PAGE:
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Considerations Regarding Same Sex Relationships in Virginia

Throughout the United States, same sex marriages are entangled in political controversy with little unity on the topic. The Washington DC Metropolitan area poses a good example: In D.C., same-sex marriages are legal; in Maryland, they may be legalized in 2013; in Virginia, they are illegal.

In Maryland, Governor Martin O'Malley signed legislation legalizing same sex marriages, effective January 1, 2013. However, there is a pending referendum on the ballot to repeal the law. Until the law passes, same-sex partners cannot get divorced in Maryland. There is an interesting article about this topic on the April 10, 2012 Washington Post, A Court's Conundrum: When same-sex partners want to split written by Ellen McCarthy: http://www.washingtonpost.com/lifestyle/style/a-courts-conundrum-when-same-sex-partners-want-to-split/2012/04/09/gIQAvhep6S_story.html

Throughout the United States, same sex marriages are entangled in political controversy with little unity on the topic. The Washington DC Metropolitan area poses a good example: In D.C., same-sex marriages are legal; in Maryland, they may be legalized in 2013; in Virginia, they are illegal.

In Maryland, Governor Martin O'Malley signed legislation legalizing same sex marriages, effective January 1, 2013. However, there is a pending referendum on the ballot to repeal the law. Until the law passes, same-sex partners cannot get divorced in Maryland. There is an interesting article about this topic on the April 10, 2012 Washington Post, A Court's Conundrum: When same-sex partners want to split written by Ellen McCarthy: http://www.washingtonpost.com/lifestyle/style/a-courts-conundrum-when-same-sex-partners-want-to-split/2012/04/09/gIQAvhep6S_story.html

In Virginia, same sex marriages remain illegal with no change in sight. For couples who are married in other states and move to Virginia, this means that Virginia will treat their marriage as void and, as such, same-sex couples cannot get divorced from an unrecognized marriage. Dividing up marital assets can present a further challenge if the assets were acquired during the relationship.

Virginia does not recognize civil partnerships or same sex marriage, nor does it appear likely to do so in the near future. Nevertheless, a key issue with respect to enforcement of rights for same sex couples is whether their rights "arose" due to the same-sex partnership. For example, Virginia recognized and enforced a Vermont court order providing a non-biological parent rights of custody because her rights were not created by her same-sex union, but rather on the basis of the biological parent (her same-sex wife) filing court papers naming the child as the "biological or adoptive" child of both parties. Miller-Jenkins v Miller-Jenkins, 276 Va. 19 (2009). This is an important distinction in Virginia because Virginia will not recognize nor enforce any rights which arise or are created on the basis of a same-sex partnership.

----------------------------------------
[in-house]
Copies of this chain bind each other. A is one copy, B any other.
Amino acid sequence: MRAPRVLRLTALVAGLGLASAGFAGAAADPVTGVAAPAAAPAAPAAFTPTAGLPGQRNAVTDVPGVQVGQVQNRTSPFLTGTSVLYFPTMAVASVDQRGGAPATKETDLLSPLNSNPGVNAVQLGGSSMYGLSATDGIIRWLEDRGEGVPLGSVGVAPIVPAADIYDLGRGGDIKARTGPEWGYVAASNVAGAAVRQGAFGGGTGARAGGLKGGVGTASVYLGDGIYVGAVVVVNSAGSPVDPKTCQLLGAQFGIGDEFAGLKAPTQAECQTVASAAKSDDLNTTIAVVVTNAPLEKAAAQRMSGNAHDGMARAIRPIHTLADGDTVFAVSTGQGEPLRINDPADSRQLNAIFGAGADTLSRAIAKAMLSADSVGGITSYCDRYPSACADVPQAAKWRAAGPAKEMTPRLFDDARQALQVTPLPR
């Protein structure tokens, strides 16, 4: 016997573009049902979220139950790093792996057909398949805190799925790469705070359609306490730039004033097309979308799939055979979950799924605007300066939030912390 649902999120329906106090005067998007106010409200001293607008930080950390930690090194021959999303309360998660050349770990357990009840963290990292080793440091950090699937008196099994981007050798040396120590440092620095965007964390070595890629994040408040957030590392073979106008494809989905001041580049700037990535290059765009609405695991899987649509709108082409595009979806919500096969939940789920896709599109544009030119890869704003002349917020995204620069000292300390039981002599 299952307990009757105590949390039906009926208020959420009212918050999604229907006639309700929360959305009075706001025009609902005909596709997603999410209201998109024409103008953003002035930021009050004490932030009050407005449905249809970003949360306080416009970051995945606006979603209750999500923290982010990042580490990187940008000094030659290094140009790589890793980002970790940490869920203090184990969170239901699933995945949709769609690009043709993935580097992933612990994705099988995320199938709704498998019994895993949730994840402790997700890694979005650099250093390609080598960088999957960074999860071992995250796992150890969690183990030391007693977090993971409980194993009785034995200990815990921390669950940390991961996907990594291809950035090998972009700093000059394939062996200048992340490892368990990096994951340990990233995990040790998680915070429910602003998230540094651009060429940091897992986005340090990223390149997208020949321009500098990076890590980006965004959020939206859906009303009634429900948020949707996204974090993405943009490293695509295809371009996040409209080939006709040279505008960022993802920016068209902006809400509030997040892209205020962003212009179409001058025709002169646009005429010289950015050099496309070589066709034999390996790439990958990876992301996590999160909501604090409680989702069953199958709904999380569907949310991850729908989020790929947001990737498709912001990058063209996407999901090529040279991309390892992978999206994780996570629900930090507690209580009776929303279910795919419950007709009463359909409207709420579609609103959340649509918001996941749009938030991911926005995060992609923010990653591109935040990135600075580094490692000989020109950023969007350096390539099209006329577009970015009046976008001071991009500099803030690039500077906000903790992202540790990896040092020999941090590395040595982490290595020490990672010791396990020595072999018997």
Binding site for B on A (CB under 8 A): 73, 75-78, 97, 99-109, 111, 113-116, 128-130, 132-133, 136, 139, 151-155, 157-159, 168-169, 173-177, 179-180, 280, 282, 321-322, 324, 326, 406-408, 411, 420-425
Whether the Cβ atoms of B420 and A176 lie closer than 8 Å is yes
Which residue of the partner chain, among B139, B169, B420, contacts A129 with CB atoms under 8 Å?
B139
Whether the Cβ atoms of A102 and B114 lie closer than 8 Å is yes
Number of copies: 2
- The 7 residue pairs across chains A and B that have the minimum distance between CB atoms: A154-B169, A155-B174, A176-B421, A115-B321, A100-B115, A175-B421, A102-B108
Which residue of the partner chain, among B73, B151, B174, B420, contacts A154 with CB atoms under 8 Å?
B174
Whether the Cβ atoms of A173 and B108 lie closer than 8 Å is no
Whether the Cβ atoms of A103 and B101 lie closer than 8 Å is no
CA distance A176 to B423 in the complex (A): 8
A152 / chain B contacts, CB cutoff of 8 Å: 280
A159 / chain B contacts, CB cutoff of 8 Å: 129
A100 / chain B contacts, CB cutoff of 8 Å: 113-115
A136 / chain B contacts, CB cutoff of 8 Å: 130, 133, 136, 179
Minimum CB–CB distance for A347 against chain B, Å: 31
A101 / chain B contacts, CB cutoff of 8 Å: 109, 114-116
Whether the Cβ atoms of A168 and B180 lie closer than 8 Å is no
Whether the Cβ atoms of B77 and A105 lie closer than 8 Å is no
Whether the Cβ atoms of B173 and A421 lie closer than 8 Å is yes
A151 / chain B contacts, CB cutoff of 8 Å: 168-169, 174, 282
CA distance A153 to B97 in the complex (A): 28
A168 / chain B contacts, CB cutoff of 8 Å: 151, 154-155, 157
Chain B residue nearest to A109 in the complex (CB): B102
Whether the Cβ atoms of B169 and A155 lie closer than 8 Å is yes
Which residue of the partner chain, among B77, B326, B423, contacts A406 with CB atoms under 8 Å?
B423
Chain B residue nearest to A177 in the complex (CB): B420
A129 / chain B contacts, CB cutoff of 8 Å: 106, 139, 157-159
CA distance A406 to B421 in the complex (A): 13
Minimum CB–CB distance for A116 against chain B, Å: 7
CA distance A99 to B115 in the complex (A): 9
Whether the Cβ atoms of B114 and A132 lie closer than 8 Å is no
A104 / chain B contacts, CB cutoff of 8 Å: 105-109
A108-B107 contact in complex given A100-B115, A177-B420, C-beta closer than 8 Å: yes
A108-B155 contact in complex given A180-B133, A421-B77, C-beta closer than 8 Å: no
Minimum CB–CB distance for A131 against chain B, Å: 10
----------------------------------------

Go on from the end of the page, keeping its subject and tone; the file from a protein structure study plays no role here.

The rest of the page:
In 1996, the United States passed the Defense of Marriage Act - a federal law allowing states to independently decide whether to recognize civil unions and same sex marriages (DOMA, 28 U.S.C. 1738C). This law effectively voids the Full Faith and Credit Clause of the U.S. Constitution with respect to recognition of same sex relationships legally entered into in other jurisdictions. Individual states are not required to recognize such unions nor are they required to recognize rights or claims arising from such relationships (including contractual rights, inheritance rights and rights to be considered "family" for purposes of making end-of-life medical decisions). The Supreme Court will likely need to decide whether federal legislation voiding the application of the Full Faith and Credit Clause of the U.S. Constitution is itself unconstitutional.

Virginia has enacted specific legislation prohibiting marriage between persons of the same sex, and mandating that any such marriages entered into in other jurisdictions will be treated as void and unenforceable in Virginia (Virginia Code § 20-45.2). In addition, civil unions are prohibited in the same manner as same-sex marriages (Virginia Code § 20-45.3).

Until 1967, Virginia had a similar law, an anti-miscegenation statute ("The Racial Integrity Act of 1924"), which made it a crime for any white person to marry a non-white person. In 1967, the United States Supreme Court decided the case of Loving v. Virginia, 388 U.S. 1 (1967) which ruled that the Virginia statute was unconstitutional. Since then, people of any race have been free to marry. The Racial Integrity Act of 1942 is now viewed as prejudicial and unjust. It will be interesting to see whether the current prohibitions against freedom to marry will likewise be declared unconstitutional, prejudicial and unjust.

Much of the Western world has legalized same sex marriage including Argentina, Belgium, Canada, Iceland, the Netherlands, Norway, Portugal, Spain, South Africa and Sweden, and the growing trend seems to be one of acceptance over discrimination.

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Falls Church, VA 22042
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